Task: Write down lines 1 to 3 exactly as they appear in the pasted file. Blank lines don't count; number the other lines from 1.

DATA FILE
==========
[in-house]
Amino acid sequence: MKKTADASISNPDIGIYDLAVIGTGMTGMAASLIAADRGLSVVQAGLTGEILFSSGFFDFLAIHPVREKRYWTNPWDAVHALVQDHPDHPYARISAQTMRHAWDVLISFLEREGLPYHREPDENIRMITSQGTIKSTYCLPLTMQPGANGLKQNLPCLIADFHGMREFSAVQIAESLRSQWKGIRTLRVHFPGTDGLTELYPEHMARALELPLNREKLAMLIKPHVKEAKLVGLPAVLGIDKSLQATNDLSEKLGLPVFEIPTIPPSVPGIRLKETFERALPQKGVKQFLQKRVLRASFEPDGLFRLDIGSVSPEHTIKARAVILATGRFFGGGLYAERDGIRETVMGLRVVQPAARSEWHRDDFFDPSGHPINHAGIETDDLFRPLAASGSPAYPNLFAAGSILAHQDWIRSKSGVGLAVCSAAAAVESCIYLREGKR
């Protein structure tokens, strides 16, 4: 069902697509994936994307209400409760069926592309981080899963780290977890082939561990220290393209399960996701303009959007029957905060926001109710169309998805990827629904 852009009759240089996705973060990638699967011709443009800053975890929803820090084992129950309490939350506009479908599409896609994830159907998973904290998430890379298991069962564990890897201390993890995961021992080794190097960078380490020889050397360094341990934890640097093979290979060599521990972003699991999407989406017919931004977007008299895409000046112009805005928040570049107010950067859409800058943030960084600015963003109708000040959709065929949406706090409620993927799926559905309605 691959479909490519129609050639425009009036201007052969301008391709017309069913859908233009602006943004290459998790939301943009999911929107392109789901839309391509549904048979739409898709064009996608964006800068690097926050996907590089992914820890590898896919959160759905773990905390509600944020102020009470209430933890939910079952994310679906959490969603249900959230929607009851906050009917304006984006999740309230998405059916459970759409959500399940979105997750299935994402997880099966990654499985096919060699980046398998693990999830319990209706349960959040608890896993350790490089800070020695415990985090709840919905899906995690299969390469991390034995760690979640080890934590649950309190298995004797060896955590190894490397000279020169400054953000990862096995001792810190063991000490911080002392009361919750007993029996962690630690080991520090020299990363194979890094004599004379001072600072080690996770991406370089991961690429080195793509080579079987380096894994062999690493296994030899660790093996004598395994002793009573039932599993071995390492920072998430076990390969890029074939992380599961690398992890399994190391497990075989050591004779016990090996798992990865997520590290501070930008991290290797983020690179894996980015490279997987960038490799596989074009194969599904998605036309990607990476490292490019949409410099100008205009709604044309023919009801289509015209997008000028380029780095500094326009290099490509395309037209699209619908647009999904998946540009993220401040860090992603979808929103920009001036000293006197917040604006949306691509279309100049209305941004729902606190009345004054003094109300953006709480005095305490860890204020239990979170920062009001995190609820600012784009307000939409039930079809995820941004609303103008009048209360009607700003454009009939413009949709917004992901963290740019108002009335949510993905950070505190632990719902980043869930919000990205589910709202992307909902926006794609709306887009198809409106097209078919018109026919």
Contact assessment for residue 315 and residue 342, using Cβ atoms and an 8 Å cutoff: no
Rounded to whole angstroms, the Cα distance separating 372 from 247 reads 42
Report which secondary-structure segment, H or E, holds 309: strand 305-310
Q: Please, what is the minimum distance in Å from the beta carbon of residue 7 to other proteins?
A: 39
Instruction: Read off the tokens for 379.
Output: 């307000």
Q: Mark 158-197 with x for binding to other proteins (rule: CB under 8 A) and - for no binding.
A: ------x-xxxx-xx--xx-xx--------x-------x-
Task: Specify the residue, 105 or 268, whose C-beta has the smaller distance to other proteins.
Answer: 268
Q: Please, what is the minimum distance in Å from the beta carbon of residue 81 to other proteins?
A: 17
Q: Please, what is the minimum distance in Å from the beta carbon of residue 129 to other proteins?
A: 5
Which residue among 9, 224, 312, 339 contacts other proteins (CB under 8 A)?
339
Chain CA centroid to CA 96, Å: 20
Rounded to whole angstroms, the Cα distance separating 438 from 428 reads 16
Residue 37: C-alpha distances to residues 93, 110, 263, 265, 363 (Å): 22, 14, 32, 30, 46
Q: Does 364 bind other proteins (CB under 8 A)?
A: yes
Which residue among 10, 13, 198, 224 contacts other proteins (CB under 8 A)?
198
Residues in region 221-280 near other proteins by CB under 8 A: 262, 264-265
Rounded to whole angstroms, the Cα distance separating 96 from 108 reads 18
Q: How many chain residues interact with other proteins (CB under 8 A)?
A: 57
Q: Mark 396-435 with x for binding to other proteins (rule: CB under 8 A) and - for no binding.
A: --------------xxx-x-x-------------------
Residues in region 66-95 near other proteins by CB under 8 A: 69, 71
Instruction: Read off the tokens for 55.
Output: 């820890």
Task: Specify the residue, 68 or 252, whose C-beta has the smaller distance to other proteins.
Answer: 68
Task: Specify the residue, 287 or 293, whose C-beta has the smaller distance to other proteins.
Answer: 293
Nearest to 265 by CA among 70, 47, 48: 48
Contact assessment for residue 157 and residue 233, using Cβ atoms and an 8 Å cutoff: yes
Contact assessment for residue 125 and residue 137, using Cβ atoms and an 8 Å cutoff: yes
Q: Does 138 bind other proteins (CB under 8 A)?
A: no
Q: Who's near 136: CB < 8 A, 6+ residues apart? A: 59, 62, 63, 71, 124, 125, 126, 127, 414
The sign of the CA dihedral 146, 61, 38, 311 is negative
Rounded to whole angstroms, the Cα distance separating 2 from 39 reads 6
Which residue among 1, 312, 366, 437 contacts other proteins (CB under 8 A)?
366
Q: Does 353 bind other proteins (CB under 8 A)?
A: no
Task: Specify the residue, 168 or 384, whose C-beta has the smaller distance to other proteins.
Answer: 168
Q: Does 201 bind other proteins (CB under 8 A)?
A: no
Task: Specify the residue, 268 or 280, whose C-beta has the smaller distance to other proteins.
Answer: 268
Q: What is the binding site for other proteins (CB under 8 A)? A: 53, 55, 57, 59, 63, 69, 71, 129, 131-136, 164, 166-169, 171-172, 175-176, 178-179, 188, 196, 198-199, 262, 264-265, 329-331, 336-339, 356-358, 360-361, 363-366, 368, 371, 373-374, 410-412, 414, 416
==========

[in-house]
Amino acid sequence: MKKTADASISNPDIGIYDLAVIGTGMTGMAASLIAADRGLSVVQAGLTGEILFSSGFFDFLAIHPVREKRYWTNPWDAVHALVQDHPDHPYARISAQTMRHAWDVLISFLEREGLPYHREPDENIRMITSQGTIKSTYCLPLTMQPGANGLKQNLPCLIADFHGMREFSAVQIAESLRSQWKGIRTLRVHFPGTDGLTELYPEHMARALELPLNREKLAMLIKPHVKEAKLVGLPAVLGIDKSLQATNDLSEKLGLPVFEIPTIPPSVPGIRLKETFERALPQKGVKQFLQKRVLRASFEPDGLFRLDIGSVSPEHTIKARAVILATGRFFGGGLYAERDGIRETVMGLRVVQPAARSEWHRDDFFDPSGHPINHAGIETDDLFRPLAASGSPAYPNLFAAGSILAHQDWIRSKSGVGLAVCSAAAAVESCIYLREGKR
């Protein structure tokens, strides 16, 4: 069902697509994936994307209400409760069926592309981080899963780290977890082939561990220290393209399960996701303009959007029957905060926001109710169309998805990827629904 852009009759240089996705973060990638699967011709443009800053975890929803820090084992129950309490939350506009479908599409896609994830159907998973904290998430890379298991069962564990890897201390993890995961021992080794190097960078380490020889050397360094341990934890640097093979290979060599521990972003699991999407989406017919931004977007008299895409000046112009805005928040570049107010950067859409800058943030960084600015963003109708000040959709065929949406706090409620993927799926559905309605 691959479909490519129609050639425009009036201007052969301008391709017309069913859908233009602006943004290459998790939301943009999911929107392109789901839309391509549904048979739409898709064009996608964006800068690097926050996907590089992914820890590898896919959160759905773990905390509600944020102020009470209430933890939910079952994310679906959490969603249900959230929607009851906050009917304006984006999740309230998405059916459970759409959500399940979105997750299935994402997880099966990654499985096919060699980046398998693990999830319990209706349960959040608890896993350790490089800070020695415990985090709840919905899906995690299969390469991390034995760690979640080890934590649950309190298995004797060896955590190894490397000279020169400054953000990862096995001792810190063991000490911080002392009361919750007993029996962690630690080991520090020299990363194979890094004599004379001072600072080690996770991406370089991961690429080195793509080579079987380096894994062999690493296994030899660790093996004598395994002793009573039932599993071995390492920072998430076990390969890029074939992380599961690398992890399994190391497990075989050591004779016990090996798992990865997520590290501070930008991290290797983020690179894996980015490279997987960038490799596989074009194969599904998605036309990607990476490292490019949409410099100008205009709604044309023919009801289509015209997008000028380029780095500094326009290099490509395309037209699209619908647009999904998946540009993220401040860090992603979808929103920009001036000293006197917040604006949306691509279309100049209305941004729902606190009345004054003094109300953006709480005095305490860890204020239990979170920062009001995190609820600012784009307000939409039930079809995820941004609303103008009048209360009607700003454009009939413009949709917004992901963290740019108002009335949510993905950070505190632990719902980043869930919000990205589910709202992307909902926006794609709306887009198809409106097209078919018109026919």